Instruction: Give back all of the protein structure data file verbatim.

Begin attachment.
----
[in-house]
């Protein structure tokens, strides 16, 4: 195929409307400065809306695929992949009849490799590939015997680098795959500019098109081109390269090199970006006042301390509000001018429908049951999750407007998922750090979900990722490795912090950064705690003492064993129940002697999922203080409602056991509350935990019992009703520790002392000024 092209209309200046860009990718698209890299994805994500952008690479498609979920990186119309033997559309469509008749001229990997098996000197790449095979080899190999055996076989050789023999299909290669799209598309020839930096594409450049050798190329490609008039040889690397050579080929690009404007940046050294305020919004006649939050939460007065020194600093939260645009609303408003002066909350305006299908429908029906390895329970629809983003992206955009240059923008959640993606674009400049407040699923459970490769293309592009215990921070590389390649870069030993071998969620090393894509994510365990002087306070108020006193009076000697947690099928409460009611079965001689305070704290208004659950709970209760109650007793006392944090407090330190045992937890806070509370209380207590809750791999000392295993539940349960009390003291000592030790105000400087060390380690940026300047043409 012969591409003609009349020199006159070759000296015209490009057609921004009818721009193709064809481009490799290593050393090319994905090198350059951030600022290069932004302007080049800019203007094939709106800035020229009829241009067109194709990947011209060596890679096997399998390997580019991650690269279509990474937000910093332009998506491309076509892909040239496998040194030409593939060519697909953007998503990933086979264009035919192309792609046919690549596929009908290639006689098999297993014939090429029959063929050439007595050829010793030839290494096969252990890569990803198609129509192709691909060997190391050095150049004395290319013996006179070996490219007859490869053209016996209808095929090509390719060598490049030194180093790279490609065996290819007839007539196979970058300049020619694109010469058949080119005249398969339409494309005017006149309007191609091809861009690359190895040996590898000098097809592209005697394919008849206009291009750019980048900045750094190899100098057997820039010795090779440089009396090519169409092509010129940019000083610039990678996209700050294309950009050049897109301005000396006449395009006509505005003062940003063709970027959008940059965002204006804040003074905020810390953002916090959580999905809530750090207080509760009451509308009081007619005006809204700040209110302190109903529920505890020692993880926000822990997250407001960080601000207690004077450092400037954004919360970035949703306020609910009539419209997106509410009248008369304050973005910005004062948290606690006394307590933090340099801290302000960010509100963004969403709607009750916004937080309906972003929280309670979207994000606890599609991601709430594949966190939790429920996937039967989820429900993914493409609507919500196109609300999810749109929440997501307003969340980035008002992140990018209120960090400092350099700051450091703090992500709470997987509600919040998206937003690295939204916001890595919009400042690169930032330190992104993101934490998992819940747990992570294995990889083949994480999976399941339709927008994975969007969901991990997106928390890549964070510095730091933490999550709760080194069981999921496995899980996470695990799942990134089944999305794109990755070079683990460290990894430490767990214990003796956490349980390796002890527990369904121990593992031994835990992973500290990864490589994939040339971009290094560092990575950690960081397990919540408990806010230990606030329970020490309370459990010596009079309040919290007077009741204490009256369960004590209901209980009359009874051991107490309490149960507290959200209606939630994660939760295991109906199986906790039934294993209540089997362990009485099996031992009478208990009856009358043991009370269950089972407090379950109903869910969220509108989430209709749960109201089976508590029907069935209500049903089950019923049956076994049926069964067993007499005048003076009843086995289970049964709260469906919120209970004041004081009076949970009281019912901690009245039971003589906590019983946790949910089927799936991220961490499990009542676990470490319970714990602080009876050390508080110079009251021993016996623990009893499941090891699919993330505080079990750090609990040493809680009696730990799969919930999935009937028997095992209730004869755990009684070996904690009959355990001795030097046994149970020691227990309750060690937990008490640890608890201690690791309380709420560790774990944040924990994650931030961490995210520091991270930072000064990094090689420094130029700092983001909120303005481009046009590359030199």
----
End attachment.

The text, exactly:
[in-house]
């Protein structure tokens, strides 16, 4: 195929409307400065809306695929992949009849490799590939015997680098795959500019098109081109390269090199970006006042301390509000001018429908049951999750407007998922750090979900990722490795912090950064705690003492064993129940002697999922203080409602056991509350935990019992009703520790002392000024 092209209309200046860009990718698209890299994805994500952008690479498609979920990186119309033997559309469509008749001229990997098996000197790449095979080899190999055996076989050789023999299909290669799209598309020839930096594409450049050798190329490609008039040889690397050579080929690009404007940046050294305020919004006649939050939460007065020194600093939260645009609303408003002066909350305006299908429908029906390895329970629809983003992206955009240059923008959640993606674009400049407040699923459970490769293309592009215990921070590389390649870069030993071998969620090393894509994510365990002087306070108020006193009076000697947690099928409460009611079965001689305070704290208004659950709970209760109650007793006392944090407090330190045992937890806070509370209380207590809750791999000392295993539940349960009390003291000592030790105000400087060390380690940026300047043409 012969591409003609009349020199006159070759000296015209490009057609921004009818721009193709064809481009490799290593050393090319994905090198350059951030600022290069932004302007080049800019203007094939709106800035020229009829241009067109194709990947011209060596890679096997399998390997580019991650690269279509990474937000910093332009998506491309076509892909040239496998040194030409593939060519697909953007998503990933086979264009035919192309792609046919690549596929009908290639006689098999297993014939090429029959063929050439007595050829010793030839290494096969252990890569990803198609129509192709691909060997190391050095150049004395290319013996006179070996490219007859490869053209016996209808095929090509390719060598490049030194180093790279490609065996290819007839007539196979970058300049020619694109010469058949080119005249398969339409494309005017006149309007191609091809861009690359190895040996590898000098097809592209005697394919008849206009291009750019980048900045750094190899100098057997820039010795090779440089009396090519169409092509010129940019000083610039990678996209700050294309950009050049897109301005000396006449395009006509505005003062940003063709970027959008940059965002204006804040003074905020810390953002916090959580999905809530750090207080509760009451509308009081007619005006809204700040209110302190109903529920505890020692993880926000822990997250407001960080601000207690004077450092400037954004919360970035949703306020609910009539419209997106509410009248008369304050973005910005004062948290606690006394307590933090340099801290302000960010509100963004969403709607009750916004937080309906972003929280309670979207994000606890599609991601709430594949966190939790429920996937039967989820429900993914493409609507919500196109609300999810749109929440997501307003969340980035008002992140990018209120960090400092350099700051450091703090992500709470997987509600919040998206937003690295939204916001890595919009400042690169930032330190992104993101934490998992819940747990992570294995990889083949994480999976399941339709927008994975969007969901991990997106928390890549964070510095730091933490999550709760080194069981999921496995899980996470695990799942990134089944999305794109990755070079683990460290990894430490767990214990003796956490349980390796002890527990369904121990593992031994835990992973500290990864490589994939040339971009290094560092990575950690960081397990919540408990806010230990606030329970020490309370459990010596009079309040919290007077009741204490009256369960004590209901209980009359009874051991107490309490149960507290959200209606939630994660939760295991109906199986906790039934294993209540089997362990009485099996031992009478208990009856009358043991009370269950089972407090379950109903869910969220509108989430209709749960109201089976508590029907069935209500049903089950019923049956076994049926069964067993007499005048003076009843086995289970049964709260469906919120209970004041004081009076949970009281019912901690009245039971003589906590019983946790949910089927799936991220961490499990009542676990470490319970714990602080009876050390508080110079009251021993016996623990009893499941090891699919993330505080079990750090609990040493809680009696730990799969919930999935009937028997095992209730004869755990009684070996904690009959355990001795030097046994149970020691227990309750060690937990008490640890608890201690690791309380709420560790774990944040924990994650931030961490995210520091991270930072000064990094090689420094130029700092983001909120303005481009046009590359030199």